Monday, January 03, 2005

The stagnant information architecture of the web: ten years of stasis

Reviving Advanced Hypertext (Jakob Nielsen's Alertbox)
...In 1995, I listed fifteen hypertext features that were missing from Web browsers. None of these ideas have been implemented in the ten years since, except for Firefox's search box and Internet Explorer's search sidebar.

Is there any hope that the next decade will bring more progress? I think so. For one, most of the ideas mentioned here are rich sources of user interface patents, which offer a sustainable competitive advantage. (I invented at least five potential patents while writing this article, but didn't bother filing because I'm not in the business of suing infringers; a big company could rack up the patents if so inclined.)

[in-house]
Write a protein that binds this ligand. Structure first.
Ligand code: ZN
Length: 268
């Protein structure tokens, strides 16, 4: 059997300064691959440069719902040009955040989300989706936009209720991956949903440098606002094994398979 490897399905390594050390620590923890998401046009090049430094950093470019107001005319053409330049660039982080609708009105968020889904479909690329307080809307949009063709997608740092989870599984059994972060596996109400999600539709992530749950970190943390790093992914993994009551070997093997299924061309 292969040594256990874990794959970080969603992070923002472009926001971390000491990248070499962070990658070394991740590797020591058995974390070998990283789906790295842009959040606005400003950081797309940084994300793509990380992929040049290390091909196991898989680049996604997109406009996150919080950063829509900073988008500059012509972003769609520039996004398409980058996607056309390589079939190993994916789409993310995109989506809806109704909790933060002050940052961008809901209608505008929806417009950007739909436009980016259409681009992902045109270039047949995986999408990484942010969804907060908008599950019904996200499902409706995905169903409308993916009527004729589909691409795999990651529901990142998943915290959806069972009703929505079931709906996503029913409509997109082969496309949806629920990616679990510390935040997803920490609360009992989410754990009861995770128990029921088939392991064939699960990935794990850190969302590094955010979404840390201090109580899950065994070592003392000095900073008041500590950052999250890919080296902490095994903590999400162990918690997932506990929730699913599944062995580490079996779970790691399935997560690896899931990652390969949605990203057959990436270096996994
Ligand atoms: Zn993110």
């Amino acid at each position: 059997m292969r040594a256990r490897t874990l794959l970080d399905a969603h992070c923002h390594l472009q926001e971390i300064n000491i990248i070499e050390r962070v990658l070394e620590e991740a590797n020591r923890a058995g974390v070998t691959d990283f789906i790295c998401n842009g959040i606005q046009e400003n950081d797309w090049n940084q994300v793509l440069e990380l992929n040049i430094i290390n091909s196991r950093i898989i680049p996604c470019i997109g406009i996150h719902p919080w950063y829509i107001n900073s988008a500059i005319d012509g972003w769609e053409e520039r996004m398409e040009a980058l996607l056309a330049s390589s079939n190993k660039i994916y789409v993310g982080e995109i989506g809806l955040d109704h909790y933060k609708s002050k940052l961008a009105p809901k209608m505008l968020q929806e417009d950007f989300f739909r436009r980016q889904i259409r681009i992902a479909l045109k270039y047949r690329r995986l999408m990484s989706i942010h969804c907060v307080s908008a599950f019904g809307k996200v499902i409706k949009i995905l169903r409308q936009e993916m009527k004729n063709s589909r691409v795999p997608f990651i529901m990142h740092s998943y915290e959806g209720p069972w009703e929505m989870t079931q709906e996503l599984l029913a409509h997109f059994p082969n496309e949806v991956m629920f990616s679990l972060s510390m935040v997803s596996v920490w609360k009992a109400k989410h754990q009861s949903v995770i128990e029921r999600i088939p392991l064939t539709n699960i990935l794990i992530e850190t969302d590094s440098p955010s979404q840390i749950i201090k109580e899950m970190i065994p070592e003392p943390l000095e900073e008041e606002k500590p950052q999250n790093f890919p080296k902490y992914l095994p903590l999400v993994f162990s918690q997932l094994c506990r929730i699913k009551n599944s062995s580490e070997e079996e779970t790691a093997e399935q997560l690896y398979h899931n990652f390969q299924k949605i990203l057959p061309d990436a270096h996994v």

The last ten years were a black hole: much attention was focused on doomed attempts at making the Web more like television. Hopefully, the next decade will focus instead on empowering users and giving us the features we need to master a worldwide information space.

I don't think these are Nielsen's ideas -- Berners-Lee wanted bidirectional links & collaboration from day one. On the other hand, I have Nielsen's book and he did a good job of summarizing the state of the art back in 1995. There's been zero progress since then. (I remember Hyper-G, a Gopher derivative .. for example. Jon Udell has also written about this.)

He's absolutely right that the information infrastructure of the web has stagnated, but that was inevitable once Microsoft took monopolistic control of the browser. Perhaps Firefox, Google and Amazon will lead us out of the darkness.

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